Kyle Steward, now the executive director of external affairs at MSU, was on Montgomery's staff in 1989, and although he didn't make the trip to Starkville for the event, he remembers the relationship that paved the way for Bush's appearance.
"Sonny and President Bush became friends almost the minute they got to Washington," Steward said.
Both were World War II veterans who had been elected to Congress for the first time in 1966.
"Here was this Democrat from Mississippi and this Republican from Texas and somehow they became friends," Steward said. "They were so close the Bushes felt Sonny was part of the family. I'm absolutely sure that Sonny had a lot to do with the president accepting the invitation. They would do anything for each other."
Bush made a return visit to MSU in the fall of 2000, when MSU honored Montgomery during halftime of its game with Arkansas as a part of Military Appreciation Day.
"That was another example of how close they were, that the president would want to be here to honor Sonny," Steward said.
A break in the weather
In the days leading up to the commencement, contingency plans were put in place to move the event to Humphrey Coliseum in case of bad weather. But officials were reluctant to make the move because it would limit the crowd to the 11,000 or so seats available at the Coliseum.
Despite drizzle, the event went on as planned at Scott Field, where a crowd estimated at 20,000 filled most of the seating on the "home" side of Scott Field.
Roy Ruby, MSU vice president of student affairs at the time, shared the stage with the president, who stepped out of the limousine a few paces from the stage.
"I didn't even get to shake his hand," Ruby recalled. "Of course, student affairs didn't have much to do with the event, so I wasn't much involved."
Joseph Ammerman, a Starkville native and former Dispatch editor, was one of the roughly 2,000 MSU students who graduated that day.
In one respect, it wasn't a typical graduation ceremony. For starters, everyone attending the event had to be seated in the stadium an hour before the president's arrival at 2:30.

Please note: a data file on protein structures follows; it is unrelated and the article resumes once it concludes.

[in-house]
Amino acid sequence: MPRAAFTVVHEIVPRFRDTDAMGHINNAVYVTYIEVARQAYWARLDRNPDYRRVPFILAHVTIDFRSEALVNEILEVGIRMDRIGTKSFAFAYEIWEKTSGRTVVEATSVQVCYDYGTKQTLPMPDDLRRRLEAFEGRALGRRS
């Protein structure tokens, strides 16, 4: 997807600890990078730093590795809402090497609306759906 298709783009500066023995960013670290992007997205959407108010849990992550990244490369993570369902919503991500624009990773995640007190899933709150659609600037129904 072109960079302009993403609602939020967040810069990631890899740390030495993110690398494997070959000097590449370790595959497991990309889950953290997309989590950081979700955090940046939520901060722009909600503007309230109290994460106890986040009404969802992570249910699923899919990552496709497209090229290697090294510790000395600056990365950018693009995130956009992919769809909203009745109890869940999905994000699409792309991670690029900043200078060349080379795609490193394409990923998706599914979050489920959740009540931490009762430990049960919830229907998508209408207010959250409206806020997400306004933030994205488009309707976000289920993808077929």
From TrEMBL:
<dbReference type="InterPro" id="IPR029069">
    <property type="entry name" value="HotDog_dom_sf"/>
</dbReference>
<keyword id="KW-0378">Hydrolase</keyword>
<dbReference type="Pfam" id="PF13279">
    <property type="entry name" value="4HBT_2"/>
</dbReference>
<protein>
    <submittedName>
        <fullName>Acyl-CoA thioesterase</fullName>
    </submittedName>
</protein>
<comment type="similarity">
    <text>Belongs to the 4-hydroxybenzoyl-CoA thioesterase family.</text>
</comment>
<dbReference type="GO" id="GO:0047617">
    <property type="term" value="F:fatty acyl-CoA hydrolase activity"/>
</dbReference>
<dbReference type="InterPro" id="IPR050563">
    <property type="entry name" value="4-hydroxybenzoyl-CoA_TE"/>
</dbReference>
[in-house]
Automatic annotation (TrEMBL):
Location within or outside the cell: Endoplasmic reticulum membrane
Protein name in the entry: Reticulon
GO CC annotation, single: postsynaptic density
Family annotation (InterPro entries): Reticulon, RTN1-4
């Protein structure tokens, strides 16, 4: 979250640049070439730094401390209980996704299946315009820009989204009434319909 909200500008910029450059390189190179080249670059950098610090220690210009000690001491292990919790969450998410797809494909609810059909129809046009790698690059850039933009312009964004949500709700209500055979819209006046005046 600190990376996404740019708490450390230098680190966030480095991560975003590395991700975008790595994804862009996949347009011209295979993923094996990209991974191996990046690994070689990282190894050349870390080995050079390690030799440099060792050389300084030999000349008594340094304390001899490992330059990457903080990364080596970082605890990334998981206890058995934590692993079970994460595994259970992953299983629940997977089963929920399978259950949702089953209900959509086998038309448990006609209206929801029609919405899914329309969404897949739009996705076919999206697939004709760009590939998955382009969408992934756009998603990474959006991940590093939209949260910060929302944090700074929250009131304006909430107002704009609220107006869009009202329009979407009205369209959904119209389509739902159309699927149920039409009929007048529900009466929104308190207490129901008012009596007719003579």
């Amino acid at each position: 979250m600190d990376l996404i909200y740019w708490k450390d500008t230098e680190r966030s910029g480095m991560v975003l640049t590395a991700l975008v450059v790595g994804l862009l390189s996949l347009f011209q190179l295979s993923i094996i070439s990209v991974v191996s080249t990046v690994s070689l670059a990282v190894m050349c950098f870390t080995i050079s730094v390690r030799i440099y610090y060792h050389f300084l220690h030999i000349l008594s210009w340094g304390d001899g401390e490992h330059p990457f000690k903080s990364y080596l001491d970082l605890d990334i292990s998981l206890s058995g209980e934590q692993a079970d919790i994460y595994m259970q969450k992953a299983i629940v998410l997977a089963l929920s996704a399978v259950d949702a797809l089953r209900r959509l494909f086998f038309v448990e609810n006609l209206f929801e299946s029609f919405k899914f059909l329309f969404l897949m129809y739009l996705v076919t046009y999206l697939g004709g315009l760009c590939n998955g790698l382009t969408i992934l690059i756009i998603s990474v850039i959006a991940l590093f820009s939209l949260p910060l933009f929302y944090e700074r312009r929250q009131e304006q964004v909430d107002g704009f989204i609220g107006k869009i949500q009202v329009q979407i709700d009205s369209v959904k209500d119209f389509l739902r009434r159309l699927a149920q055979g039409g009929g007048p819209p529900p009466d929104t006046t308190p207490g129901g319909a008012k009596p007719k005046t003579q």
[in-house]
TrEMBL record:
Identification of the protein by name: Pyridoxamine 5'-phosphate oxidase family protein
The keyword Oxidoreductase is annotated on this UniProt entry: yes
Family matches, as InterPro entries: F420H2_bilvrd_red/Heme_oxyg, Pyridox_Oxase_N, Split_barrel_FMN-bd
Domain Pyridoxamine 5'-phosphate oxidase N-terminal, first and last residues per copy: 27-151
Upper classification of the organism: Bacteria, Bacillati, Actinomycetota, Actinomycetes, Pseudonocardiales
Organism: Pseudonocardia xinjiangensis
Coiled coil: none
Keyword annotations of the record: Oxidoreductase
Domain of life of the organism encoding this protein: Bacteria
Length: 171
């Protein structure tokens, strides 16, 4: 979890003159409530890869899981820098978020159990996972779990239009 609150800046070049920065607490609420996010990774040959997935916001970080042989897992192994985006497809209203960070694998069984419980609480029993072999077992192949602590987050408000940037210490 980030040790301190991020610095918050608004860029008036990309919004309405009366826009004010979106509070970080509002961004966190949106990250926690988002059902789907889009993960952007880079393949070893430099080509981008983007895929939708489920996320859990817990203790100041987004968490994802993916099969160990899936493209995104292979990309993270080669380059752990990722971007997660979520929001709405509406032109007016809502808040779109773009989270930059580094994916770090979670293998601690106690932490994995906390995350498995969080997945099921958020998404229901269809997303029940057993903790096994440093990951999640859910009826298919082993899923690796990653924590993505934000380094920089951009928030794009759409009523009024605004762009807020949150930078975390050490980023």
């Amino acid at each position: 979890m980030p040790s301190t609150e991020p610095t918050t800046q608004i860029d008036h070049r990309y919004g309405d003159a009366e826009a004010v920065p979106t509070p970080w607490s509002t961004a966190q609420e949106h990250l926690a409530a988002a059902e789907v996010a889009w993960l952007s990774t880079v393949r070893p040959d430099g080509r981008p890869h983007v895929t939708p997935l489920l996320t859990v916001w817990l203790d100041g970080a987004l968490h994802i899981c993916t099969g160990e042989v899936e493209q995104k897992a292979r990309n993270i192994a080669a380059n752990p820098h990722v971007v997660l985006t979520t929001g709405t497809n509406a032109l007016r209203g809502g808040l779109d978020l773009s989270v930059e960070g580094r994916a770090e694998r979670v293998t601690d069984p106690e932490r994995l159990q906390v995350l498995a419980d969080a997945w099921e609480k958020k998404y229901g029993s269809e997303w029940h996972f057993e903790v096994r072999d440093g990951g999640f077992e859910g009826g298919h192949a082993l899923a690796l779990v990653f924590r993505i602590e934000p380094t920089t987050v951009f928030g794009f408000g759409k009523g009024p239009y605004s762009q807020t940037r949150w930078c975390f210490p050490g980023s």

Then there was the security.
"What I remember most is that I had this pocket knife that belonged to my dad. It has about an inch-and-a-half blade, just a regular pocket knife," Ammerman said. "The security guard said I couldn't bring it in and I couldn't believe it. I said, 'What do you think I'm gonna do, jump up on the stage and whittle him to death?' The guy didn't laugh, didn't even smile. So I got out of line and when nobody was looking I stuck it in a bush and came back later and got it."
Despite the inconvenience, Ammerman said everyone took the extra security in stride.
"I don't remember people feeling put out," he said. "The president of the United States is giving your graduation speech. That's a pretty big deal. You have to expect a few inconveniences."
From his vantage point on the stage, Ruby recalled few details of the speech. What does stand out was the weather.
"You know it rained all morning, almost up to time the president got to the stage," Ruby said. "Then it stopped raining and didn't rain a drop for the whole graduation, which probably took a couple of hours. Almost as soon as it was over, it started raining again. It was almost like some kind of divine intervention."
Early evening departure
Another reporter covered the commencement address for The Dispatch, so Hazard's part of the coverage was confined to the president's arrival and departure from Columbus Air Force Base.
"After he landed, I just stuck around, had lunch at the officer's club and waited until he came back," Hazard said. "I could have left, but I knew that if something were to happen, everything would be coming back to the base. That would be where the story was."
That the trip went without incident was something Hazard did not have to be told. He could see it with his own eyes.
"I remember how relaxed the President's entourage was when he came back," Hazard said. "It was noticeably different than when they arrived. It's like, 'OK, everything is safe. Everything went the way it was supposed to.'"
Bush boarded Air Force One and it taxied down the runway at 6 p.m.
Hazard watched the plane until it became little more than small blinking lights against the darkening sky.
The only surprise of the day was the veteran reporter's reaction to watching Air Force One disappear on the horizon.
"I remember thinking as I watched the plane fly away, 'All I have to do is go back to The Dispatch and write my story. The man in that plane has the whole country to take care of,'" Hazard said. "It was impressive."
Slim Smith is a columnist and feature writer for The Dispatch. His email address is email@example.com.